This first article appeared on iCatCare here.
If your cat has been diagnosed with pancreatitis, it can be very worrying and hard to understand. The pancreas is an organ in the abdomen (belly) that has several important roles in the body. It sits next to the stomach and small intestine and is involved in making enzymes for digestion, and it also makes insulin for control of blood sugars. Sadly ‘pancreatitis’ (inflammation of the pancreas) is quite common in cats. It also occurs in humans and dogs.
What is pancreatitis?
Pancreatitis occurs when the pancreas becomes inflamed. In most cases we don’t know for sure why this occurs, but in cats it can be related to inflammation of the liver and intestines (so called ‘triaditis’). It is most common in middle-aged to older cats, but we occasionally see it in younger patients. As the pancreas makes enzymes for digestion, when it becomes inflamed these enzymes can be released into the pancreas and surrounding tissues and cause damage and pain. In very serious cases this can be life threatening as it will affect other organs and blood pressure.
Signs of pancreatitis
Cats with pancreatitis may show various signs but the most common are eating less or refusing to eat at all, vomiting, and being lethargic (tired, not moving around as much). Cats express pain differently to people so the only signs may be interacting less with the family, sleeping more, resting and sleeping in different places and they may groom less. Affected cats may lose weight, become dehydrated and their coat may be dull and scurfy. Occasionally cats with chronic (long-standing) pancreatitis can develop diabetes mellitus (sugar diabetes) and show signs of weight loss and drinking/urinating more.
Making a diagnosis of pancreatitis
Your vet will make a diagnosis of pancreatitis with a combination of the signs you describe, physical examination, blood tests and further tests such as an ultrasound scan. Mild pancreatitis can be difficult for your vet to diagnose, so sometimes treatment is given on the suspicion that this is the cause of the illness.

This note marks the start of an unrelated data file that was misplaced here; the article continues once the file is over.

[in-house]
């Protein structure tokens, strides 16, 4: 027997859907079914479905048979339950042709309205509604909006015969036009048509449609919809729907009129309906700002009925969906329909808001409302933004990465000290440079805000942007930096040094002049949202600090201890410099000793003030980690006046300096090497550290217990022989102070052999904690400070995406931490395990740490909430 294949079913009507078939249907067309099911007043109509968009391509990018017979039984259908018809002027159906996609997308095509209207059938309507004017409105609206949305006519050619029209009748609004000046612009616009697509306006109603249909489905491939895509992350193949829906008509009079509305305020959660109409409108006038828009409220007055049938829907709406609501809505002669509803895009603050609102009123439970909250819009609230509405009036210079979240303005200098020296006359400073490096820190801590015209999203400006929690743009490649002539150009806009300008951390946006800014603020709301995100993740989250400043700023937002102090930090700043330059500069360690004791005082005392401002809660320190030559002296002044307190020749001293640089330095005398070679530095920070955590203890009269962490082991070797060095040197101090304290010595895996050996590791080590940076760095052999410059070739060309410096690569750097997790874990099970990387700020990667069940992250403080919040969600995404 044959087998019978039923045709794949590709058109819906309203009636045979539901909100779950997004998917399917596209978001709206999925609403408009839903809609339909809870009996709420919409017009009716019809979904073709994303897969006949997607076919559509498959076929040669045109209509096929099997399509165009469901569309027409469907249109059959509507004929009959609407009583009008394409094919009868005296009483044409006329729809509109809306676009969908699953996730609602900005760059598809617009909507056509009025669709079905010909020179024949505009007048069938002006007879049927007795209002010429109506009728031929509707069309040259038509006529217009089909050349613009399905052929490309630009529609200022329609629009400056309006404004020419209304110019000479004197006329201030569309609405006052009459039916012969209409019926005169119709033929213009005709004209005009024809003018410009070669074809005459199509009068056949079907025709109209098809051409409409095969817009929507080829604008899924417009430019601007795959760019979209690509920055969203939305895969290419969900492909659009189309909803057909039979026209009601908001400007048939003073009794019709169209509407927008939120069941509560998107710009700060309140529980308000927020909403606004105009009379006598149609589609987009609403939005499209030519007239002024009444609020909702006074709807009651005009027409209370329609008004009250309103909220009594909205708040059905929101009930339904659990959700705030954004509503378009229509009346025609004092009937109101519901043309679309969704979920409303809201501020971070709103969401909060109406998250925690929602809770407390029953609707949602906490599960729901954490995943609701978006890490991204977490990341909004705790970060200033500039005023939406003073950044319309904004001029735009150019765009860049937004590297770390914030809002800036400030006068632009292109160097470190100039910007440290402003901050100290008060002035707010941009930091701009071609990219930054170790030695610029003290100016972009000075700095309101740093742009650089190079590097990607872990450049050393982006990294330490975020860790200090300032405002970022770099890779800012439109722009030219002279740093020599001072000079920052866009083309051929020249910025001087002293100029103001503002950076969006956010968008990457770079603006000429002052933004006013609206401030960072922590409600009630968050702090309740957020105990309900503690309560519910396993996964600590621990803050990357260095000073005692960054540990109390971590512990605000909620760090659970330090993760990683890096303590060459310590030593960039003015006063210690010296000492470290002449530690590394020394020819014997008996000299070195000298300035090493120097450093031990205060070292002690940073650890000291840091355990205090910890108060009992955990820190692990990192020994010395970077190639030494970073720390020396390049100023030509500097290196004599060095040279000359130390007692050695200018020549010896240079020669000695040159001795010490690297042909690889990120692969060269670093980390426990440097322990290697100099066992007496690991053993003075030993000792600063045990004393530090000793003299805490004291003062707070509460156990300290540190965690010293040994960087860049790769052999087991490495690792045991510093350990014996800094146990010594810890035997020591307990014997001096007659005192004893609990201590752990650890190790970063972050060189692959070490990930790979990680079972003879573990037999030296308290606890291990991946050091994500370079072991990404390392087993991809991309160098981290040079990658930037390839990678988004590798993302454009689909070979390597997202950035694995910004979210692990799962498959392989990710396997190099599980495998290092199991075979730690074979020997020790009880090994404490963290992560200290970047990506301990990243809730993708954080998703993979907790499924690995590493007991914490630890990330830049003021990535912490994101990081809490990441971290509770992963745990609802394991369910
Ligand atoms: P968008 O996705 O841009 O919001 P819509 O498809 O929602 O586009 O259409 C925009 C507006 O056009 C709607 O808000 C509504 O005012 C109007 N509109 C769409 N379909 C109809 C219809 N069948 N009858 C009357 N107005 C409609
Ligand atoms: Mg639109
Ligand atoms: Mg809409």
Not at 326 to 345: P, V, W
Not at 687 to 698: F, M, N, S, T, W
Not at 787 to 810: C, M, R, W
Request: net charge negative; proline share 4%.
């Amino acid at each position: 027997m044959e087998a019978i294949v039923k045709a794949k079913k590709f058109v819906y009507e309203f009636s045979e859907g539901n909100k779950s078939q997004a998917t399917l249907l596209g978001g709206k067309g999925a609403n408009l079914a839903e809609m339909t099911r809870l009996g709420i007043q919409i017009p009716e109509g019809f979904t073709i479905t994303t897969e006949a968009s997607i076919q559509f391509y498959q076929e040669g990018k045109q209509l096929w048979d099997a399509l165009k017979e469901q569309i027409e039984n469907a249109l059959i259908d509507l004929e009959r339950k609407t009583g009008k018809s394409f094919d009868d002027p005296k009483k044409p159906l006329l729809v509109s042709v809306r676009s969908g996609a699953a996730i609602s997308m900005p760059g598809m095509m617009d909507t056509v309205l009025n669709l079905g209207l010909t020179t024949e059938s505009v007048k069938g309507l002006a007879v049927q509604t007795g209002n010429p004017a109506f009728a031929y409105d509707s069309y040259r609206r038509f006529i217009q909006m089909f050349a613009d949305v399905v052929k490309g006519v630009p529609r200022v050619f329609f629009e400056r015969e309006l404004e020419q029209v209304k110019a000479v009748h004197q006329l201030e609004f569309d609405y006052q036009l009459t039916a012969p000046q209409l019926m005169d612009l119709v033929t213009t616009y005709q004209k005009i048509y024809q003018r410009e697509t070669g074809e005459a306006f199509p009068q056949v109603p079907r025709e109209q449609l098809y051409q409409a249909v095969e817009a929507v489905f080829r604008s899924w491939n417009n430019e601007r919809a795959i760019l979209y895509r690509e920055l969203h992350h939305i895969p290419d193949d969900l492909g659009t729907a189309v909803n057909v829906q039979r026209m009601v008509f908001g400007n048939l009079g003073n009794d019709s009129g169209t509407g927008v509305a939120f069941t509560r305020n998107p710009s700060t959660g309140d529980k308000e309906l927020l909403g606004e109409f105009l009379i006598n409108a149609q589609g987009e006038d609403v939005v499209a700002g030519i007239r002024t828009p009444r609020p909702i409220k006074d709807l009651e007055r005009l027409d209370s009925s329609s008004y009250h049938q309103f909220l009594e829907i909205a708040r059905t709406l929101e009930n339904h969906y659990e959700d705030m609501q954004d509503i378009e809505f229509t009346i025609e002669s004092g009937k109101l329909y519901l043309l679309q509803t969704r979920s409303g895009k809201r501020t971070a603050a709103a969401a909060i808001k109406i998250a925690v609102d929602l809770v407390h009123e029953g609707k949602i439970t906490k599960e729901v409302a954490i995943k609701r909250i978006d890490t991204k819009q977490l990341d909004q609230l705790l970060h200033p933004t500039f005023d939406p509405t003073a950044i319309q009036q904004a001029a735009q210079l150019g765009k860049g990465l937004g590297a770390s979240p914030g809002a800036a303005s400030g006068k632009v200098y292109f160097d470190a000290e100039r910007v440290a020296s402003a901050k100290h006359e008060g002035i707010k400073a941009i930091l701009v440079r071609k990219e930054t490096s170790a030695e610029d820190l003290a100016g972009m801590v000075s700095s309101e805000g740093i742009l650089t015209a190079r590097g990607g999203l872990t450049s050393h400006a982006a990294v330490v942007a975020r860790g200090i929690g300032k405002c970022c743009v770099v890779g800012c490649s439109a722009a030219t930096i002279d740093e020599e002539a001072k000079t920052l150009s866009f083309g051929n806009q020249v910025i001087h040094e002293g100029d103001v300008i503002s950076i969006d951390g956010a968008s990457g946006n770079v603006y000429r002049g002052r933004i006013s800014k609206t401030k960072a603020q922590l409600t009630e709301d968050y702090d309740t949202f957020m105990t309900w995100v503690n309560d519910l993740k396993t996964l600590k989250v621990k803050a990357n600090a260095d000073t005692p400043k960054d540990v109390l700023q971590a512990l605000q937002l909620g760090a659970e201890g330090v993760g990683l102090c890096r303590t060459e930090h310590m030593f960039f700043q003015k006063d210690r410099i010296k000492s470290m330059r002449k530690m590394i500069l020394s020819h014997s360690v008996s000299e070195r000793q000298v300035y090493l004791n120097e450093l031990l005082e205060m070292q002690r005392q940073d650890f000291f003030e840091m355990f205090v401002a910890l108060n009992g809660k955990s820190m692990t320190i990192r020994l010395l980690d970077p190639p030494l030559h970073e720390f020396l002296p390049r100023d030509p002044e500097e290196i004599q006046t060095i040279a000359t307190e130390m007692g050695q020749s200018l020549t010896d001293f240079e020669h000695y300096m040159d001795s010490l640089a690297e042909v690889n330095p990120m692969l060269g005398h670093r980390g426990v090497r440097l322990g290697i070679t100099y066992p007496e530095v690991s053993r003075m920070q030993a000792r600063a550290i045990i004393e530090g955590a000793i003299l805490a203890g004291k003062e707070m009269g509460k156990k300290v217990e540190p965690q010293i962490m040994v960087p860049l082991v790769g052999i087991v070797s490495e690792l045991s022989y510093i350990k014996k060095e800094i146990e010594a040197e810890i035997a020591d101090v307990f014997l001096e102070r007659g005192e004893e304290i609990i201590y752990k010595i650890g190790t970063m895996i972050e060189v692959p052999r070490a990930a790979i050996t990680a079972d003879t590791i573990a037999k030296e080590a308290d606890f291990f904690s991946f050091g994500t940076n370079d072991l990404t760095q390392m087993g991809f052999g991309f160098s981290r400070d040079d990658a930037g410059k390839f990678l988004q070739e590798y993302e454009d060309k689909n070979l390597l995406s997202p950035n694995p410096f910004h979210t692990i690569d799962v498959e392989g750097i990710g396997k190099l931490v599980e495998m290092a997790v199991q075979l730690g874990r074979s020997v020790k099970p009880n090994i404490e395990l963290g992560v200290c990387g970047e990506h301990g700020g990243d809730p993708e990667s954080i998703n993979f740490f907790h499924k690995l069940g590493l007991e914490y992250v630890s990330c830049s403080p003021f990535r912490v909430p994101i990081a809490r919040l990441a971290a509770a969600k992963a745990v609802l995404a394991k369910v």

Sadly, there is not a specific treatment for pancreatitis in cats. Your vet will treat the symptoms/signs of pancreatitis and the underlying cause if known, and most cats will improve in time. Severe cases of pancreatitis will require your cat to stay in the hospital and have fluids given into a vein, as well as medications, including drugs to manage pain and nausea. Some cats are so severely affected they do not recover, but the majority will be able to go home. Many cats with pancreatitis are reluctant to eat, and some may need a feeding tube placing to allow them to recover, or treatment with drugs to improve appetite. Cats should never be forced to eat, as this can have a very negative effect on their appetite and will not meet their needs. Cats with pancreatitis may feel sick and in pain, and medication may be prescribed to be given at home to manage these unpleasant symptoms. Initially, a cat should be tempted to eat and may need a liquid diet via the feeding tube. Later, the cat’s diet may be changed to one for intestinal disease for example.
Can pancreatitis be prevented?
If pancreatitis is related to disease of other organs like the liver or intestine, these diseases may need to be treated. Diet may be altered to suit the conditions. Low fat diets are discussed for dogs with pancreatitis but are rarely suitable for cats who rely on fat and protein in their diet. However, we cannot specifically prevent cats developing pancreatitis. As with all illness, maintaining a healthy weight, feeding a good quality diet, preventative healthcare (vaccinations, worming, flea control), and regular checkups at a Cat Friendly Clinic are the best we can do to keep our cats healthy.
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I am the feline behavior specialist at feline charity ‘International Cat Care’. We are about engaging, educating and empowering people throughout the world to improve the health and welfare of cats by sharing advice, training and passion.